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Post-war era brought growth, changes for New York’s credit unions
In the 1950s, New York credit unions experienced continued growth. A record 1,006 credit unions were reported by the state in 1956—the same year this publication, CU-VUES, was originally launched.
The 50s again saw New Yorkers play a substantial role in advocating for legislation to broaden the scope of the Federal Credit Union Act. New York credit union advocates played a key role in the passage of H.R. 8305, which updated and expanded the Federal Credit Union Act and authorized federal credit unions to cash checks for members.
However, the 1960s brought with it a fundamental and somewhat familiar change, as the number of credit unions decreased, while membership numbers grew substantially. In response to this change, the focus of the New York State Credit Union League shifted to provide education, services and products to member credit unions.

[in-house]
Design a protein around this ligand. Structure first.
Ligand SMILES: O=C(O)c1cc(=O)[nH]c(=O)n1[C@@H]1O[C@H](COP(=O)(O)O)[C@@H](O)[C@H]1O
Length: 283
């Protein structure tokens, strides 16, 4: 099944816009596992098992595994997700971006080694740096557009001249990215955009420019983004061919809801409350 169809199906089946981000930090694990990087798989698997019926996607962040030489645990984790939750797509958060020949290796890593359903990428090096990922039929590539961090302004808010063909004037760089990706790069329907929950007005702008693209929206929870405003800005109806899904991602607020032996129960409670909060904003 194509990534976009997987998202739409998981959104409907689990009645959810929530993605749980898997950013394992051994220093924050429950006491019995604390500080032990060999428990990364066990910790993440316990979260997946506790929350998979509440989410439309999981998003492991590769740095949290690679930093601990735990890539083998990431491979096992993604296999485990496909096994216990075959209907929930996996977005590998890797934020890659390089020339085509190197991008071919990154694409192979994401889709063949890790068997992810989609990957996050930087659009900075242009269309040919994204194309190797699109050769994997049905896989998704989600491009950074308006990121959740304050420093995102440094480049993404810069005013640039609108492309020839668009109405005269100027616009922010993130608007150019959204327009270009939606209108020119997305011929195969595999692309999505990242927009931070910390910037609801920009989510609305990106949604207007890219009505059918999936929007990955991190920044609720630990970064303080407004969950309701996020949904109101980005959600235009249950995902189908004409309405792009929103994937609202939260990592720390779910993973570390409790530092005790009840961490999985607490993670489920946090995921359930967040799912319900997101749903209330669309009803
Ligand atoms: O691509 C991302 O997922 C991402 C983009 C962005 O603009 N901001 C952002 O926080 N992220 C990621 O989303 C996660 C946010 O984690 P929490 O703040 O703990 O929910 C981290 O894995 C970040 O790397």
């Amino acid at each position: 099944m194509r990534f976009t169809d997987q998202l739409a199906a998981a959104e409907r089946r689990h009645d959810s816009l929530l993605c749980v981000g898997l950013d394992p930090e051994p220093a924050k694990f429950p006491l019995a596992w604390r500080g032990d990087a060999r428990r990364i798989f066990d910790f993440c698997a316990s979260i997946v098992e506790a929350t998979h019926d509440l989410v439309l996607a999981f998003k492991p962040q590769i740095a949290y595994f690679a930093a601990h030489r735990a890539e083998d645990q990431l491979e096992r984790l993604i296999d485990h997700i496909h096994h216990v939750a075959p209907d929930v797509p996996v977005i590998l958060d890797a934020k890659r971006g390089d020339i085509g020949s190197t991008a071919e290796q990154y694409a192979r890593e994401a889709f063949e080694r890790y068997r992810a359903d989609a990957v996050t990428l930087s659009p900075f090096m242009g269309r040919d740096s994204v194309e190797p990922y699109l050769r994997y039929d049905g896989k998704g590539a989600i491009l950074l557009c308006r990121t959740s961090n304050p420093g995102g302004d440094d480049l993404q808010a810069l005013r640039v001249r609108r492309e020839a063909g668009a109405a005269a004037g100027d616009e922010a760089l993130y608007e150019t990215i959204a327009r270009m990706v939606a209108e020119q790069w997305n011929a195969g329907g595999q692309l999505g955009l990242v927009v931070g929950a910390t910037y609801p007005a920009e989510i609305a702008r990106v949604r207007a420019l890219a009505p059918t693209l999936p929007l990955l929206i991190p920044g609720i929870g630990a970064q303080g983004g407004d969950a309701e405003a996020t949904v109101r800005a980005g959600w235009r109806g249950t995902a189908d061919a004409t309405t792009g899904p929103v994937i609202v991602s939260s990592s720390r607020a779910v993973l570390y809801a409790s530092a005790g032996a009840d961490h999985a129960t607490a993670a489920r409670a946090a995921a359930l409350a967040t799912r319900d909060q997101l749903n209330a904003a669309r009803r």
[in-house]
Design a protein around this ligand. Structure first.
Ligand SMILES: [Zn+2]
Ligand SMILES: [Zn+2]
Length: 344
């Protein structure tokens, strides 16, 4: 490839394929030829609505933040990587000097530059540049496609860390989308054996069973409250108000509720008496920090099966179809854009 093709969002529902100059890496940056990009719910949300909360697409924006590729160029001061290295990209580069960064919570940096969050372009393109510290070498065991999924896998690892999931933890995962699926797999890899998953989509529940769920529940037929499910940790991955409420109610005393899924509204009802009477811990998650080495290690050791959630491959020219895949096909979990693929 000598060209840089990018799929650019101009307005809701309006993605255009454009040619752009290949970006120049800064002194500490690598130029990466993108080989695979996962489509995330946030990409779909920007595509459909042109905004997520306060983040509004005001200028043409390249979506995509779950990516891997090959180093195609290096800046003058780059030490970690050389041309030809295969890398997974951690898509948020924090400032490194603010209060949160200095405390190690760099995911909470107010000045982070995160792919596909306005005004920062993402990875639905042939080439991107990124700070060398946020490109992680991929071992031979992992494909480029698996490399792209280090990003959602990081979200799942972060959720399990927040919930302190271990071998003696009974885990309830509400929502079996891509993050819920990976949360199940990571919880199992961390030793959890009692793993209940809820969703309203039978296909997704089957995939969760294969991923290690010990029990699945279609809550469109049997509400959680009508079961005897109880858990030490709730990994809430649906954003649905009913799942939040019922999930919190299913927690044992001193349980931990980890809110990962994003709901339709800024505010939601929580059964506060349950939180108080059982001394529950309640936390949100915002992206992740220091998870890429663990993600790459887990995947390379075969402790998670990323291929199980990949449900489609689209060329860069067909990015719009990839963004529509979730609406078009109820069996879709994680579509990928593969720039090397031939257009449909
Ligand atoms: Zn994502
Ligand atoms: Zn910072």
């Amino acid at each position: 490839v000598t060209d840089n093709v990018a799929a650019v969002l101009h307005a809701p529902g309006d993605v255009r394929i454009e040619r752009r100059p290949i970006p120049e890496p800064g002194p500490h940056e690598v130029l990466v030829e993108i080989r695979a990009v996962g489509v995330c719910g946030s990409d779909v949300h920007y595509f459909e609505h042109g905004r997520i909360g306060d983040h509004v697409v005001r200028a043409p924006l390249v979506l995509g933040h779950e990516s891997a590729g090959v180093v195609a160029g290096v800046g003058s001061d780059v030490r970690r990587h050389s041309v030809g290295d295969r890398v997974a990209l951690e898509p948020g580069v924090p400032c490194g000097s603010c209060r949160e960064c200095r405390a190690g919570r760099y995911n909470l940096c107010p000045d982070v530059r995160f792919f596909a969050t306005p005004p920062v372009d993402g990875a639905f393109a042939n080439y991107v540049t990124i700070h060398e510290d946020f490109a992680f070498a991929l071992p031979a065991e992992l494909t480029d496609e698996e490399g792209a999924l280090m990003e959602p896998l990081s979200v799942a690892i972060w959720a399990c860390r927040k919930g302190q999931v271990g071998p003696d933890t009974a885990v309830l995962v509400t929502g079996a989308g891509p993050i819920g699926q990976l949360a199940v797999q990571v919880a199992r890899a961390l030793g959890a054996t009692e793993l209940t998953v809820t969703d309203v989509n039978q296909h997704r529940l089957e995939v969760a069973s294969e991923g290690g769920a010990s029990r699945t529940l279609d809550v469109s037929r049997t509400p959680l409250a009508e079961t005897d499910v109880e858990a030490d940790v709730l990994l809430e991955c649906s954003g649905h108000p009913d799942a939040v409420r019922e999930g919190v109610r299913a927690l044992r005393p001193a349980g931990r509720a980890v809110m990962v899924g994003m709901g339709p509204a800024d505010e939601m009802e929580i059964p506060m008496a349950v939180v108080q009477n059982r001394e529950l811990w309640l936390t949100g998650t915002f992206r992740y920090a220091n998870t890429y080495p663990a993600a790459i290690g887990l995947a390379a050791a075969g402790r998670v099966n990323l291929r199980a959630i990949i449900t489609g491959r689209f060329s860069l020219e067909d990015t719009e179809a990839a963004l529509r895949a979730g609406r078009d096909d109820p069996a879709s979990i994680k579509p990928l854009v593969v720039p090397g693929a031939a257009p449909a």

But the focus on advocacy never wavered: In 1963, President John F. Kennedy signed into law important amendments to the Federal Credit Union Act that extended the time during which credit unions could hold their annual meetings.
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Caution should be exercised with emails, attachments and hyperlinks requesting donations for Hurricane Harvey relief, as an uptick in malicious cyberactivity is expected – CU Times
NCUA sent a memorandum of understanding to its unionized employees that outlines details about the agency’s reorganization, personnel changes and more – CU Today
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